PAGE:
Difference between revisions of "Optical Fibre Sensing for Healthcare"

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Associate Professor, Faculty of Engineering
Associate Professor, Faculty of Engineering
'''Dr Peter Worsley'''  
'''Dr Peter Worsley'''  

Revision as of 11:22, 22 July 2019

PhD Student: Nadia Afroze

PhD Supervisors:

Prof Stephen Morgan

Professor of Biomedical Engineering, Faculty of Engineering

Prof Barrie Hayes-Gill

Professor of Electronic Systems and Medical Devices, Faculty of Engineering

Dr Sergiy Korposh

Associate Professor in Electronics, Nanoscale Bioelectronics and Biophotonics, Faculty of Engineering

Dr Ricardo Goncalves Correia

Assistant Professor in Optical and Bioelectric Engineering, Faculty of Engineering

Internal Assessor:

Dr Amanda Wright

Associate Professor, Faculty of Engineering


Dr Peter Worsley

Lecturer in Health Sciences, University of Southampton

Aims of the project

• Develop and fabricate optical fibre sensors to predict pressure ulcers

• Investigate biomarkers of tissue breakdown

Objectives of the project

• Fabricate an optical fibre CO2 sensor on the tip of the optical fibre and coated with 4 layers of film comprised of organically modified silica (Ormosil) doped with thymol blue and tetramethylammonium hydroxide

• Monitor CO2 emitted from human skin during loading using an optical fibre sensor

Research Achievements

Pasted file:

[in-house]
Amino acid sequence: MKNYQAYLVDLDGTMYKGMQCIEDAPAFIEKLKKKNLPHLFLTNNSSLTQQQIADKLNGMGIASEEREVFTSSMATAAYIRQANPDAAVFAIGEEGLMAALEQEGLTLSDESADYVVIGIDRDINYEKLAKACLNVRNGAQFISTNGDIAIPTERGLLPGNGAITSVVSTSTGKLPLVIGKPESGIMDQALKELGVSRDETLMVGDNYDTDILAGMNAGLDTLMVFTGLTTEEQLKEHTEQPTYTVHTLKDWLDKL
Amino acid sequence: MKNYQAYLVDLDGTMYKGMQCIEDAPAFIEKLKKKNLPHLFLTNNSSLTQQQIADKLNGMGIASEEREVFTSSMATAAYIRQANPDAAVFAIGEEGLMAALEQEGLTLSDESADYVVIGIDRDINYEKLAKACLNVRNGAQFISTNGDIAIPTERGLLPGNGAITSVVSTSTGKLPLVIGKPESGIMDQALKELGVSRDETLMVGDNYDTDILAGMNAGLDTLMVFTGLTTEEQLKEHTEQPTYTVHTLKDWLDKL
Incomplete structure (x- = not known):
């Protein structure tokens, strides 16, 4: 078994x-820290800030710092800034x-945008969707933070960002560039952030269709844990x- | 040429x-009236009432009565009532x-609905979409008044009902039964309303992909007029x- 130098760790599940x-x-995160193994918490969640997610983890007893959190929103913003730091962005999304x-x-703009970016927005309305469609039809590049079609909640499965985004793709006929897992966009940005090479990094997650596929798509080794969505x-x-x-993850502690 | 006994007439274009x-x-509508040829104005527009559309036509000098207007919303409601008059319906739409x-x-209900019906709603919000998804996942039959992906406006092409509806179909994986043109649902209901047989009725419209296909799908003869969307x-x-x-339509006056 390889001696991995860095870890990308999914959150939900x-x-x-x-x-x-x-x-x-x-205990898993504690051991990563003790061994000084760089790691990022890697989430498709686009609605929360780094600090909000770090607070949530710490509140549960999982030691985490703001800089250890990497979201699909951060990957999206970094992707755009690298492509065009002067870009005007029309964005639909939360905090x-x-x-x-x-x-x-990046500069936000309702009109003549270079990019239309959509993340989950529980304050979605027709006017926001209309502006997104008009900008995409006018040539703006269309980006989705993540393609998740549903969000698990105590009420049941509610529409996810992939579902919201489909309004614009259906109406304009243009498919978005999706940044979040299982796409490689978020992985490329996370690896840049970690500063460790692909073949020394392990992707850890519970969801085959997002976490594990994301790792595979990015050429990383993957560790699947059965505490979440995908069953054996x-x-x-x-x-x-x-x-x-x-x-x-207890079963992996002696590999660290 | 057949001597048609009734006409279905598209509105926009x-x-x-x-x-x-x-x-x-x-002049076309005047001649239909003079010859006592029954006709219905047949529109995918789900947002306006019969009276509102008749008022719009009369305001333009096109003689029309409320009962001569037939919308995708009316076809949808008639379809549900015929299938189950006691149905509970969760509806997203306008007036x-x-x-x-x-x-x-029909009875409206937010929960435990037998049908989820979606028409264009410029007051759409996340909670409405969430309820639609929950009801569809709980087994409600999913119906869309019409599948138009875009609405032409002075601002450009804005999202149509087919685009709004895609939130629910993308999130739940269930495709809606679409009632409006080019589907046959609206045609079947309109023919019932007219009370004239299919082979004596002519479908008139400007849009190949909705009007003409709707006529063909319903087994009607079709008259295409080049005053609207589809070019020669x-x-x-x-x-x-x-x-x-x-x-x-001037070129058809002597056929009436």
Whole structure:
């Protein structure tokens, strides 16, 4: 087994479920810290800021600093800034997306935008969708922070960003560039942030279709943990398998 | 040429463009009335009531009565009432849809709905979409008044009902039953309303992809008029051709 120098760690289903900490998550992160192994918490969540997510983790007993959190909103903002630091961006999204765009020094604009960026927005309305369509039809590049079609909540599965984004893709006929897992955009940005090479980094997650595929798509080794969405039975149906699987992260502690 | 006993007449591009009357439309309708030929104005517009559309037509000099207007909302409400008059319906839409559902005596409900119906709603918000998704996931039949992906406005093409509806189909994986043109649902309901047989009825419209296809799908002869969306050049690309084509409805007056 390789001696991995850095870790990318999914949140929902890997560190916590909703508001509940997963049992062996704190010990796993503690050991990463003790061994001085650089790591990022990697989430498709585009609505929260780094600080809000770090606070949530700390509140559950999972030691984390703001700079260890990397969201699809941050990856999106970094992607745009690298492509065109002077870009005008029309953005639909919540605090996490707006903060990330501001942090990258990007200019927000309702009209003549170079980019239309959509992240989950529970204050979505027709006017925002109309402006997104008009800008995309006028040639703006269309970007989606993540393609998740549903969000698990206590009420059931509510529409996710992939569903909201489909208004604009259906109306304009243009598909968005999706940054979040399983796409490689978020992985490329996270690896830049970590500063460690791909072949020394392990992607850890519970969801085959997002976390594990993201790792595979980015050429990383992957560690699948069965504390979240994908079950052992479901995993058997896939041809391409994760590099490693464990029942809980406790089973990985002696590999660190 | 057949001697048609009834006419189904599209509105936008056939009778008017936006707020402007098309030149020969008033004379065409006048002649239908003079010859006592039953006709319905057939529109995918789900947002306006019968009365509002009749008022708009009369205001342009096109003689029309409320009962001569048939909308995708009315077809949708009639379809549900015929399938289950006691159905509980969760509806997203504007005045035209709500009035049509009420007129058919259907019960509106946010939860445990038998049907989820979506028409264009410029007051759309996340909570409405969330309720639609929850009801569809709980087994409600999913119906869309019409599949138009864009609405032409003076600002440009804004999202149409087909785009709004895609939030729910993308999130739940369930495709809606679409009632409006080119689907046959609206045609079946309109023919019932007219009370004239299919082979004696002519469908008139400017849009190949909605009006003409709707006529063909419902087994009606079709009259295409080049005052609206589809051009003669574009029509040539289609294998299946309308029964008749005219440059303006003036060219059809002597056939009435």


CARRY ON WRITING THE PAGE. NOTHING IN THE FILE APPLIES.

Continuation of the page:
A reflection mode optical fibre CO2 sensor is developed using sol-gel coating process. A single film is made by coating organically modified silica (Ormosil) doped with thymol blue and tetramethylammonium hydroxide onto the fibre tip. Light from a laser diode illuminates the fibre tip and the reflected light (proportional to CO2) is detected. This CO2 sensor is used to predict the presence of pressure ulcers (PUs) by measuring transcutaneous CO2 (TcPCO2) from human skin during loading. The step response of the CO2 sensor to different concentrations of CO2 is achieved using wavelength 590.67nm to 609.71nm. The repeatability and reverse response of CO2 sensor is monitored for CO2 concentration from 0ppm to 50000ppm (5%). The response time of the sensor is 60 seconds and the recovery time is 413 seconds. Although these results show CO2 measurement, the response is also affected by relative humidity (RH). The changes in reflection intensity for wavelength 604.06nm and wavelength shift for valley from wavelengths 580.34nm to 611.22nm are noticed for varying RH levels (60% RH - 90% RH). The sensitivity of the CO2 to humidity was calculated to be 0.0095nm/1% RH for step up response and 0.2127nm/1% RH for the step down response. An experiment was carried out to measuring TcPCO2 from human skin during loading by using an optical fibre CO2 sensor. The response of CO2 sensor rises with the increasing value of loading provided by the loading machine when the sensor is placed on skin with gas collection chamber. An increased value of PCO2 in tissue above normal values (about 5-6%) designates anaerobic metabolism and TCPCO2 becomes useful in this way as markers of tissue viability or status as a direct outcome of tissue ischemia.